Working Paper 06 General Sir Edmund Allenby’s Joint Operations in Palestine
Publication
Stand Alone Publication / Monograph
LVL 2

Working Paper 06 General Sir Edmund Allenby’s Joint Operations in Palestine, 1917-18, August 2002

British Prime Minister Lloyd George was disappointed over the results of the offensive he had pressed for at Arras in April 1917. He turned his hopes from the Western Front in France to the Middle East. A victory in Southern Palestine leading to the capture of Jerusalem could serve to bolster flagging spirits on the conduct of the war and perhaps lead to the defeat of Turkey. Such an undertaking needed a capable general, one that was experienced and confident, able to inspire a force that had stagnated under the diffident leadership of General Sir Archibald Murray. General Sir Edmund Allenby, having been removed from his command of the 3rd British Army by Haig after Arras, was an ideal candidate.

By
John Mordike
Working Paper 04 The Changing Security Paradigm
Publication
Stand Alone Publication / Monograph
LVL 2-3

Working Paper 04 The Changing Security Paradigm: The Post-Cold War World, Globalisation, Ethno-Nationalism and the Effect on Australia’s Security

This paper analyses how global factors may influence the Australian national security policy and framework. It addresses Australia’s outlook after the end of the Cold War and its initial conceptualisation of the ‘New World Order’. In looking at what happened to the New World Order, it attempts to identify where Australia fits in to the new global security paradigm. The paper goes on to assess the salient issues of the New World Order, such as globalisation and ethno-nationalism, that Australian policymakers need to address in their decision-making in the next decade. In doing so, it identifies the specific characteristics of globalisation and ethno-nationalism that Australian security planners need to comprehend in order to participate effectively in global security dynamics.The exigencies of Australia’s security are also briefly addressed in the context of the changes to the international order this decade. The paper also briefly situates Australia’s position in regard to its critical bilateral alliance with the United States and its relationships in the region.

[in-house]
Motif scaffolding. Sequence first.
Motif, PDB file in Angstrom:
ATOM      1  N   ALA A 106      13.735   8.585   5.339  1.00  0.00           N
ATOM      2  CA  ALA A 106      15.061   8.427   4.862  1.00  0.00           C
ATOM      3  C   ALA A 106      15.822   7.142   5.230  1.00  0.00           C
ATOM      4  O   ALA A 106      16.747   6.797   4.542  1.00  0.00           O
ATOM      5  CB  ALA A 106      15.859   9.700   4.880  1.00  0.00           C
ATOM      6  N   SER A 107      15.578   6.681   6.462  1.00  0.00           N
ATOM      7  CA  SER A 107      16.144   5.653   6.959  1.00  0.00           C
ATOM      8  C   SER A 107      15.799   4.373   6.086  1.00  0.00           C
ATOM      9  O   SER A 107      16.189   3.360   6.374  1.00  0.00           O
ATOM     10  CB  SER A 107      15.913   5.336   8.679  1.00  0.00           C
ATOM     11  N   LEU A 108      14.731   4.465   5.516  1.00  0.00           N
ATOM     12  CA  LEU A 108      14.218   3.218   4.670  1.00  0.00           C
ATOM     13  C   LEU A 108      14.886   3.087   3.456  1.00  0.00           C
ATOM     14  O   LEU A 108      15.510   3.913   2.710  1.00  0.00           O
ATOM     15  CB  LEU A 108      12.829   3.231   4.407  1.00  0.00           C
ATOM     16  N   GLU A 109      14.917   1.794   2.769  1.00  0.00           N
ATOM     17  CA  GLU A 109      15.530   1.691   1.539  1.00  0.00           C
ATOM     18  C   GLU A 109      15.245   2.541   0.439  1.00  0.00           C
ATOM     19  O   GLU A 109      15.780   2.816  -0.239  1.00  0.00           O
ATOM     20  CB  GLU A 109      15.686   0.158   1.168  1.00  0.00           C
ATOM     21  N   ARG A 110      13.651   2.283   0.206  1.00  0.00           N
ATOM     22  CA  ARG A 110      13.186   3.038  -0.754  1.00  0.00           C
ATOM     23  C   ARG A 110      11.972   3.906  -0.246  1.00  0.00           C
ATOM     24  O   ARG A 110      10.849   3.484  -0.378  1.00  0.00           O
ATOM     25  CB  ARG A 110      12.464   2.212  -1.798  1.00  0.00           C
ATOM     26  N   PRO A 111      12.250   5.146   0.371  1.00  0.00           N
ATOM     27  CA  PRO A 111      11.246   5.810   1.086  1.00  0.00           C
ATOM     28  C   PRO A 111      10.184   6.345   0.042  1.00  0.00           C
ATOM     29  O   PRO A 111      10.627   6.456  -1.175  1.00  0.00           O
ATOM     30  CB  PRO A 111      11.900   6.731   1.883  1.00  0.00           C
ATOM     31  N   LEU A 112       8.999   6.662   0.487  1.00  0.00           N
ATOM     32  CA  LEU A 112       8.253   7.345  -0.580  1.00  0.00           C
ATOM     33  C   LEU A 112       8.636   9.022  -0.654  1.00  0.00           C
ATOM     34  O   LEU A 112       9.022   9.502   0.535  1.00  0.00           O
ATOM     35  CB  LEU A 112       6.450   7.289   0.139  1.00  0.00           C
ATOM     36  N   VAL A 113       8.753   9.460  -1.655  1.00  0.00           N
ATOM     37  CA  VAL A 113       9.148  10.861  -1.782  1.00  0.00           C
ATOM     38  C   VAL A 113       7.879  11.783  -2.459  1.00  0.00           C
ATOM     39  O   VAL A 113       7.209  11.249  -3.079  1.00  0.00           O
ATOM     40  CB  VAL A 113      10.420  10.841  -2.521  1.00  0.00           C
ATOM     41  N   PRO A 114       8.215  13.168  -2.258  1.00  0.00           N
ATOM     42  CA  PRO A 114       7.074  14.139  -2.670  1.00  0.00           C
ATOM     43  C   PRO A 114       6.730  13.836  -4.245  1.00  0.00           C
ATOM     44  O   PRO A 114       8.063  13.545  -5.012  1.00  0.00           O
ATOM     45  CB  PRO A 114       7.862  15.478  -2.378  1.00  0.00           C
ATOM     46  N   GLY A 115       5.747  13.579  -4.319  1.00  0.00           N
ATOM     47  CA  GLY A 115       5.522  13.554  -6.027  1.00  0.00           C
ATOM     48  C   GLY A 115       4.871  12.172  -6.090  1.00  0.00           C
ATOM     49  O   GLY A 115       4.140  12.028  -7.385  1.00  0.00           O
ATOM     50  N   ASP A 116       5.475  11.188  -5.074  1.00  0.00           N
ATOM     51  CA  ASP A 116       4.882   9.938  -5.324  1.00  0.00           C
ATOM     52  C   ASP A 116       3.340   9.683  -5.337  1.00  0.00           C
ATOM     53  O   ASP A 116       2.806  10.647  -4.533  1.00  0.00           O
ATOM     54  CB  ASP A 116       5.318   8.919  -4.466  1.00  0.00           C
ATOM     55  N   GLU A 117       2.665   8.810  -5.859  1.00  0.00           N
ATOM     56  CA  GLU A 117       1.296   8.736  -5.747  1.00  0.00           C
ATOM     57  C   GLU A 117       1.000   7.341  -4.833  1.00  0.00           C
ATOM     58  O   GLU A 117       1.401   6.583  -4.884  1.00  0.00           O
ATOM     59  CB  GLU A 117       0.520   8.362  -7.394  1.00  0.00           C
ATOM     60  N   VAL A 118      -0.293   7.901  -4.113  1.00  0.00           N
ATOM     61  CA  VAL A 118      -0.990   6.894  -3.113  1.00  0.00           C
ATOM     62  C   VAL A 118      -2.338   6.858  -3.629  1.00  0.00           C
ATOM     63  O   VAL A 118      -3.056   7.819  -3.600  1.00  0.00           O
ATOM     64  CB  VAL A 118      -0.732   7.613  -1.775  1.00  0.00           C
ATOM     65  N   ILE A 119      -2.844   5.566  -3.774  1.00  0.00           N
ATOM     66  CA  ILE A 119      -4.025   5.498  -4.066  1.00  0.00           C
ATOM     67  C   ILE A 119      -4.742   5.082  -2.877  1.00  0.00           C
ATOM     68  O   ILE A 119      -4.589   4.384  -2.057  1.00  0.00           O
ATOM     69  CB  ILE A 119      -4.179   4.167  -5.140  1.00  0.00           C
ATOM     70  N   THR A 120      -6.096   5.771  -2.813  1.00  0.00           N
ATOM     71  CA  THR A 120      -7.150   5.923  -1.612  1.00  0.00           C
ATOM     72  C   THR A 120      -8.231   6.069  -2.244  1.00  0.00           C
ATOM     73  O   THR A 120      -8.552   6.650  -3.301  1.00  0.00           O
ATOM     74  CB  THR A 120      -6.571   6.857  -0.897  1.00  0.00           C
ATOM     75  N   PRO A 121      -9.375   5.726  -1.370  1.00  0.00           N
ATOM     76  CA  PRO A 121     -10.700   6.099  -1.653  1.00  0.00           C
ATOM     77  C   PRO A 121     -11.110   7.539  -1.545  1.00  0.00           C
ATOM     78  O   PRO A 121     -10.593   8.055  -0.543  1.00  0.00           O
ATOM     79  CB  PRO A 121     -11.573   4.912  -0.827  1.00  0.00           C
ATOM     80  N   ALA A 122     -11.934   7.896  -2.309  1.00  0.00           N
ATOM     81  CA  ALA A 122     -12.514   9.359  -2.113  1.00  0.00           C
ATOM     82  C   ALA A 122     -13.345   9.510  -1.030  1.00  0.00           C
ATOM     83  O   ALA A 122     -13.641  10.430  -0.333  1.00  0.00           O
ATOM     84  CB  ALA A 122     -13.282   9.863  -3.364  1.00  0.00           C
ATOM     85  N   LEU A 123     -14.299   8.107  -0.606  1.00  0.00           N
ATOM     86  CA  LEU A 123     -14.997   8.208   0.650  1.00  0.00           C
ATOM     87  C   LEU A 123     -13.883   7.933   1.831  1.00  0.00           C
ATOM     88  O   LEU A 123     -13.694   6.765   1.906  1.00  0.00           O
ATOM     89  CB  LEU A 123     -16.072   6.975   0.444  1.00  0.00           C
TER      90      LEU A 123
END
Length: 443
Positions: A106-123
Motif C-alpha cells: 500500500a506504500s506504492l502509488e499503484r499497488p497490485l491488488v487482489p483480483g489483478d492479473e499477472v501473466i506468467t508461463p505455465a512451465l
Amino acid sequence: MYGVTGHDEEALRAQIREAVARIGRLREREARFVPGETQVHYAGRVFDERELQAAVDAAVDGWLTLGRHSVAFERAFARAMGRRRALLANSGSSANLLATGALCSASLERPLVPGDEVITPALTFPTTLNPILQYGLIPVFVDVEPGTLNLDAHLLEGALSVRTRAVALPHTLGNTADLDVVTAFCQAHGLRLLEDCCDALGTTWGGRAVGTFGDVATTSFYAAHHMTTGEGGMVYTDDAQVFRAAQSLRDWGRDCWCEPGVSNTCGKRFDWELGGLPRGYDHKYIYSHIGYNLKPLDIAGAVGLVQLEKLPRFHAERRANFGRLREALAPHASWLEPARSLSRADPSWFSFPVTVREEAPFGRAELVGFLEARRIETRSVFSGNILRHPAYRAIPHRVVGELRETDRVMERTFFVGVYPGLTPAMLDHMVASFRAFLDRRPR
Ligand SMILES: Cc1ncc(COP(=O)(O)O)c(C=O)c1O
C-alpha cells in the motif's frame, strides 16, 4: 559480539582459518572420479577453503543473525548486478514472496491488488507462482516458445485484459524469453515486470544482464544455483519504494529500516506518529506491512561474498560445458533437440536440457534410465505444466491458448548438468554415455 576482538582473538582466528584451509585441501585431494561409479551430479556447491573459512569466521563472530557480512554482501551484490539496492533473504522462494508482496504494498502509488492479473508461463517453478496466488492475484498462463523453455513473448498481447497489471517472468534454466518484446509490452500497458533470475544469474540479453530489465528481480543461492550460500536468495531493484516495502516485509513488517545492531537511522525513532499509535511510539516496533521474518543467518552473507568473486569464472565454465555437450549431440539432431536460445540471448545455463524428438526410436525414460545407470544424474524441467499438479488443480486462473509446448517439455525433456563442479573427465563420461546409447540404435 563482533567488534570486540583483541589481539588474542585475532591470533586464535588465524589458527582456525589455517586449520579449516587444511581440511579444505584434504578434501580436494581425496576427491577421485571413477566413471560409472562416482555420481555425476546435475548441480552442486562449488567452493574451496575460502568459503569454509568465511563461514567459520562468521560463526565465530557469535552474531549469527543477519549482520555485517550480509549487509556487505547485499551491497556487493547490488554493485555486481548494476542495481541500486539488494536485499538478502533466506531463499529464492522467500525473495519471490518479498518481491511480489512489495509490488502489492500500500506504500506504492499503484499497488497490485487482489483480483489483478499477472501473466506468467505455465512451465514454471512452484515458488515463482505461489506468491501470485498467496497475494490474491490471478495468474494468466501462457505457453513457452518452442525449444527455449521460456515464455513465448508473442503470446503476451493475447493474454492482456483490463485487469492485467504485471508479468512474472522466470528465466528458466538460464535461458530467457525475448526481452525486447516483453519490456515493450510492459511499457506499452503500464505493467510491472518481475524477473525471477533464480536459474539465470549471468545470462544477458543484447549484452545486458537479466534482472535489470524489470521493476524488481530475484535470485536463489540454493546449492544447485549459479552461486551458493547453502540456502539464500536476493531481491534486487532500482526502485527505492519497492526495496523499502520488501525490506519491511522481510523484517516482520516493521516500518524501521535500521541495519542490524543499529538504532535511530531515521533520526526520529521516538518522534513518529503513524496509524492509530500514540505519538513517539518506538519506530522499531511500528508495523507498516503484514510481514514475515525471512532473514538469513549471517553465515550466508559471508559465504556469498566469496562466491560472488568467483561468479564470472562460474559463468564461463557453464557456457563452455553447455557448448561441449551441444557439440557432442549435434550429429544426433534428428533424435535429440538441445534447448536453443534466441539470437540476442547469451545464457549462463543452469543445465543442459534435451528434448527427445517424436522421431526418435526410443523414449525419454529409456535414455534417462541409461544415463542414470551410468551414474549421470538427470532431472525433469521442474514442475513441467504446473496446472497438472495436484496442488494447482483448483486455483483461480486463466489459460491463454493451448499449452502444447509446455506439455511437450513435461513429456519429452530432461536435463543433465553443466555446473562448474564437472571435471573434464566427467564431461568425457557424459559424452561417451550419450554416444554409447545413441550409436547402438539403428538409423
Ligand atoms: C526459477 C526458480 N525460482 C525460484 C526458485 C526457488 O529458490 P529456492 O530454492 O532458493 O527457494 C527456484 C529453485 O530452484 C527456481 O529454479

By
Carl Oatley
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